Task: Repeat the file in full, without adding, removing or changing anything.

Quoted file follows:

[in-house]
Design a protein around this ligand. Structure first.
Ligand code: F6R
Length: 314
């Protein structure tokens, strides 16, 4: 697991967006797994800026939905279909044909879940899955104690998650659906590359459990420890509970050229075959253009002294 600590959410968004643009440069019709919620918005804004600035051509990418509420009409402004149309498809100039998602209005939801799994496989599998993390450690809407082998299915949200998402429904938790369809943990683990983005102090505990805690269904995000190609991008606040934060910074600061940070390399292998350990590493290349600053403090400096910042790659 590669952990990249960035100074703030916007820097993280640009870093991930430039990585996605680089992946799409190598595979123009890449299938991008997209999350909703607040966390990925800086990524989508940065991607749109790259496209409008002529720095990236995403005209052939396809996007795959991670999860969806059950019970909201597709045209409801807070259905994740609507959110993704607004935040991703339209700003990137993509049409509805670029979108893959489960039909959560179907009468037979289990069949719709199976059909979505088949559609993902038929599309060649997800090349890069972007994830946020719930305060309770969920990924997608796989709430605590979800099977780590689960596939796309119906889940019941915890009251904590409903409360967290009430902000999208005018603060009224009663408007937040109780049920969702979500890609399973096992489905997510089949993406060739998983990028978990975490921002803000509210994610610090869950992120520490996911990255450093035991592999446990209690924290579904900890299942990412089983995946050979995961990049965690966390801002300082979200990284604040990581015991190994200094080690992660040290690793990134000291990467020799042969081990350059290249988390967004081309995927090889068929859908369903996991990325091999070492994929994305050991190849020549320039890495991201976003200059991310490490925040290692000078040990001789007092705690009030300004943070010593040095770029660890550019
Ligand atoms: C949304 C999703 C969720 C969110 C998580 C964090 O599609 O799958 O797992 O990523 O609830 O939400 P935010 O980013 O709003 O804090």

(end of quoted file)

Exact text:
[in-house]
Design a protein around this ligand. Structure first.
Ligand code: F6R
Length: 314
């Protein structure tokens, strides 16, 4: 697991967006797994800026939905279909044909879940899955104690998650659906590359459990420890509970050229075959253009002294 600590959410968004643009440069019709919620918005804004600035051509990418509420009409402004149309498809100039998602209005939801799994496989599998993390450690809407082998299915949200998402429904938790369809943990683990983005102090505990805690269904995000190609991008606040934060910074600061940070390399292998350990590493290349600053403090400096910042790659 590669952990990249960035100074703030916007820097993280640009870093991930430039990585996605680089992946799409190598595979123009890449299938991008997209999350909703607040966390990925800086990524989508940065991607749109790259496209409008002529720095990236995403005209052939396809996007795959991670999860969806059950019970909201597709045209409801807070259905994740609507959110993704607004935040991703339209700003990137993509049409509805670029979108893959489960039909959560179907009468037979289990069949719709199976059909979505088949559609993902038929599309060649997800090349890069972007994830946020719930305060309770969920990924997608796989709430605590979800099977780590689960596939796309119906889940019941915890009251904590409903409360967290009430902000999208005018603060009224009663408007937040109780049920969702979500890609399973096992489905997510089949993406060739998983990028978990975490921002803000509210994610610090869950992120520490996911990255450093035991592999446990209690924290579904900890299942990412089983995946050979995961990049965690966390801002300082979200990284604040990581015991190994200094080690992660040290690793990134000291990467020799042969081990350059290249988390967004081309995927090889068929859908369903996991990325091999070492994929994305050991190849020549320039890495991201976003200059991310490490925040290692000078040990001789007092705690009030300004943070010593040095770029660890550019
Ligand atoms: C949304 C999703 C969720 C969110 C998580 C964090 O599609 O799958 O797992 O990523 O609830 O939400 P935010 O980013 O709003 O804090």